With your help, we installed a record total of 12 successful handpumps in our villages last year.
Water is always one of our most challenging projects. The terrain is difficult. Despite one of the largest aquafers in Africa lying under Darfur, the basement strata means that surveys can be inaccurate, or, almost worse, water can be contaminated by underground chemicals from the different layers of rock.
To have no less than 12 successful handpumps providing clean fresh water to communities who have spent years of their lives walking for water, truly is a dream come true.
But, across Darfur, there are still children walking hours under the hot desert sun to reach the nearest water miles away. Even in villages that have had a handpump nearby there are many needing repair – beyond the abilities of the villagers to do themselves. With no other organisations helping, we need to repair pumps too. There are still so many communities that need our help.
This year we are planning to drill and install 5 new hand pumps in the 5 villages we adopted last year, as well as a solar submersible pump. A handpump costs $8,125 and can be named after your loved one – a living memorial – but we also have a water fund to which you can add any amount - repairing a handpump costs $625 – and everyone needs a jerry can – just $32 for two.
But we need your help!
These pumps will provide easily accessible clean water to thousands of families and their animals. Children will no longer have to walk hours for water. Instead, they can attend school, gain an education and dream of a future out of poverty. Children need your help!
Please can you help us help them achieve their dream by donating to our water projects?
Majdoub A 2007 joined the Kids for Kids programme in 2007 and has been one of our most successful villages.
Thanks to your generous donations, we were able to select 55 goat beneficiaries, the poorest families, in Majdoub A 2007 to help initially.
On 12th September 2008, these beneficiaries received a total of 275 nanny goats, 18 billy goats, 55 donkeys, 110 mosquito nets and 110 blankets. Every two years the next generation of beneficiaries passed on 5 nanny goats to another family.
Hand pumps were drilled in the village and training was undertaken so the villagers could run the projects themselves. Three paravets, two midwives and two first aid workers were also trained to provide health services to the goats and families and to help in deliveries saving the lives of many mothers and infants.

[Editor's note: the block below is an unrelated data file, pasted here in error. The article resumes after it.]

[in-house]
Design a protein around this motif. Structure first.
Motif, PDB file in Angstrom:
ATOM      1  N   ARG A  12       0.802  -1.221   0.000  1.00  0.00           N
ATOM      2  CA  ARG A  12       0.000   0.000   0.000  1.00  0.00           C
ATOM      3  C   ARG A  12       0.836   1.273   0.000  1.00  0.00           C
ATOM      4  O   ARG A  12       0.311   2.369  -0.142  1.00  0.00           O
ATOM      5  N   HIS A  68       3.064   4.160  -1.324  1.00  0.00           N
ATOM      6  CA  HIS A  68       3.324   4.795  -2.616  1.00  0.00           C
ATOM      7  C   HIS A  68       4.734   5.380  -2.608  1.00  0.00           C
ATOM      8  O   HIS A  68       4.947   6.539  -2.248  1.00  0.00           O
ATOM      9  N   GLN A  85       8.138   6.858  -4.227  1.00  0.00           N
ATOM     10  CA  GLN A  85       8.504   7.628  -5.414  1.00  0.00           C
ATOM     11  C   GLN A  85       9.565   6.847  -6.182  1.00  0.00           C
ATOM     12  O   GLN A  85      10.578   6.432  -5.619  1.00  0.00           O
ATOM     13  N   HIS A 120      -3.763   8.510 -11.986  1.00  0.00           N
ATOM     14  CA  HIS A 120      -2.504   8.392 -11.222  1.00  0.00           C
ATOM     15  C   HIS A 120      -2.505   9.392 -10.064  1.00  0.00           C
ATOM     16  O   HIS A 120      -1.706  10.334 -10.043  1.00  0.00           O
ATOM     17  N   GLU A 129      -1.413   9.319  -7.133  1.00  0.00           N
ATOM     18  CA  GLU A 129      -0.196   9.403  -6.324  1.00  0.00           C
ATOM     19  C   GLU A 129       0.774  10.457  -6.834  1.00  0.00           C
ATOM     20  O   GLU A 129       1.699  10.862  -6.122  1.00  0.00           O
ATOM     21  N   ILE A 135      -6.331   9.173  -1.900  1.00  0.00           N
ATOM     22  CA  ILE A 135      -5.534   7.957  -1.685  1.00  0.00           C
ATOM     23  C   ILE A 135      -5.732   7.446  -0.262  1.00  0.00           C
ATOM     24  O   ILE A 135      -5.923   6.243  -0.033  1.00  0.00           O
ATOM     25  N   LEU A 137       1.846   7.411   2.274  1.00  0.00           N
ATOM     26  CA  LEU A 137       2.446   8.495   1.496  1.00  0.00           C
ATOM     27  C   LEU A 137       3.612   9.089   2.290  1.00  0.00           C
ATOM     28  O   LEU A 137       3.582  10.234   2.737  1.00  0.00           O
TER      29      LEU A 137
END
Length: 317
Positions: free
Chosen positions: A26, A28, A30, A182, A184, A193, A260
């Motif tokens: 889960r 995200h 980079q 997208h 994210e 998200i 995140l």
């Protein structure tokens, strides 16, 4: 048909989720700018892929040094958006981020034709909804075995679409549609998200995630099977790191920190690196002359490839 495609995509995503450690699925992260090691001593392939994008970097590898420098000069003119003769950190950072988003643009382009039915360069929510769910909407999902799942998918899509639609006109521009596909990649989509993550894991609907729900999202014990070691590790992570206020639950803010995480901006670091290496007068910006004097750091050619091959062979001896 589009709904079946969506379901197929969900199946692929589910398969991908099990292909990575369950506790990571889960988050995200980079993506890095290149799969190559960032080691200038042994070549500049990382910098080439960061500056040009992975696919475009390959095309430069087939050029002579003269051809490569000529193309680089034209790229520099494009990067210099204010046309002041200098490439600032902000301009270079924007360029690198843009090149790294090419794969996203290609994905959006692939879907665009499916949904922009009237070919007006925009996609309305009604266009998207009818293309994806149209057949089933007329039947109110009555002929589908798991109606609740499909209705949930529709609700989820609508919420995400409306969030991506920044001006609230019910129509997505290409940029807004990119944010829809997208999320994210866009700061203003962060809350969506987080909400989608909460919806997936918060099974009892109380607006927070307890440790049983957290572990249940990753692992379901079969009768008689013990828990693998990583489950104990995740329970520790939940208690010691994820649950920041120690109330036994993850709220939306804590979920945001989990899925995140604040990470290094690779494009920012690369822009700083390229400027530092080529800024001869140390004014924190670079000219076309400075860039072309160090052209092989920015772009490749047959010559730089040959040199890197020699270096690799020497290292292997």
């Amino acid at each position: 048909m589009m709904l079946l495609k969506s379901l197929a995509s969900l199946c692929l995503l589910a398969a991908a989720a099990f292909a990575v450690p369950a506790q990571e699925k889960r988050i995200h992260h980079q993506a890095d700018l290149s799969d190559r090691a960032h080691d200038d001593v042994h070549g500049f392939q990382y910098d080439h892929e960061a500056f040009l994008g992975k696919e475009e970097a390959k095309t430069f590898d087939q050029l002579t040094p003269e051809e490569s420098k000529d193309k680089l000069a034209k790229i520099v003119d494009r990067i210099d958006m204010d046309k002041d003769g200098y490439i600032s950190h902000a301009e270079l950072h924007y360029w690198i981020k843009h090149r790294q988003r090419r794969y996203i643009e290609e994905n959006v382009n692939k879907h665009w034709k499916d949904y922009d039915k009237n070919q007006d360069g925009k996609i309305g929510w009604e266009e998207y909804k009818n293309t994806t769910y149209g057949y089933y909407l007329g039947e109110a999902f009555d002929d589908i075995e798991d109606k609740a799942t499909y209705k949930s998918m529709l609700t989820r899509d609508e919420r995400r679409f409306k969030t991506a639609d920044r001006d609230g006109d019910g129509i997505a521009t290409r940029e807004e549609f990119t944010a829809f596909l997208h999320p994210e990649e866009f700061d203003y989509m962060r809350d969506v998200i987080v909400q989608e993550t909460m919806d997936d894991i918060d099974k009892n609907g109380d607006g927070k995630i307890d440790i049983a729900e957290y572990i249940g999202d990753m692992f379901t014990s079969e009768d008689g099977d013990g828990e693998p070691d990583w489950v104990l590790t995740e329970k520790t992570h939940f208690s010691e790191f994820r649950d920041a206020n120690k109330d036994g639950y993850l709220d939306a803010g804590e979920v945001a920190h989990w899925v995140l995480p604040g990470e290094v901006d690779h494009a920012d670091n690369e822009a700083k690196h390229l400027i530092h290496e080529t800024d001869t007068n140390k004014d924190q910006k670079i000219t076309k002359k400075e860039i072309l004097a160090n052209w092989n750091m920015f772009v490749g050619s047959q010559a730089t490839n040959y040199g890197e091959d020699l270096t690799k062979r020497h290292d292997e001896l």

In 2008 a community forest was established in the village. On 12th September 2010 the village held a 100% successful first goat rotation, whereby all the previous goat beneficiaries each gave 5 nanny goats to another of the poorest families, adding 55 goat beneficiaries to the village. In 2011, as a reward, the village received the first Kids for Kids health unit. On 12th November 2012 another 100% successful second goat rotation took place, adding another 55 goat beneficiaries. In 2020, the village was rewarded with the 14th Kids for Kids’ kindergarten.
Kids for Kids has continued to provide services to the villages, helping the local community in emergencies like droughts and shortage of rains, providing seeds, fodder, millet and durra and supported households who were affected by fires and floods.
H.E. Giles Lever was given a very warm welcome by our team in Darfur and the villagers in Majdoub A and said that the UK was “fully committed to helping Sudan achieve peace and stability”.
The British Ambassador to Sudan pointed out that achieving peace and stability in Sudan requires the participation of everyone from different regions of Sudan and he’s proud of the Kids for Kids achievements at Majdoub A 2007 and North Darfur villages.
Our Honorary Chairman of the Khartoum Committee, Hatim, thanked the British Ambassador for his visit to a Kids for Kids village and thanked the villagers for their great reception and warm welcome. His thanks also extended to the village community for protecting and maintaining all Kids for Kids' projects, especially the community forest and he confirmed to the local community that Kids for Kids is committed to implement the remaining one kilometre water pipeline from Elquoe village to Majdoub (A) 2007.
We are thrilled that, with your support, Majdoub A is thriving and the future is full of hope for the families who live there.
But there are many more villages, just like Majdoub A, that need our help!
And, of course, it all starts with water! Something we all take for granted when we so easily turn on a tap...
This holiday season, could you consider donating to our Water Projects to bring clean, safe water to those who need it most?
Thank you so much for your generosity - we are forever grateful!
Wow! We are truly thankful to the students at the International School of Brooklyn (ISB) who have managed to raise a whopping $2,800 with their third wonderful Walk for Water!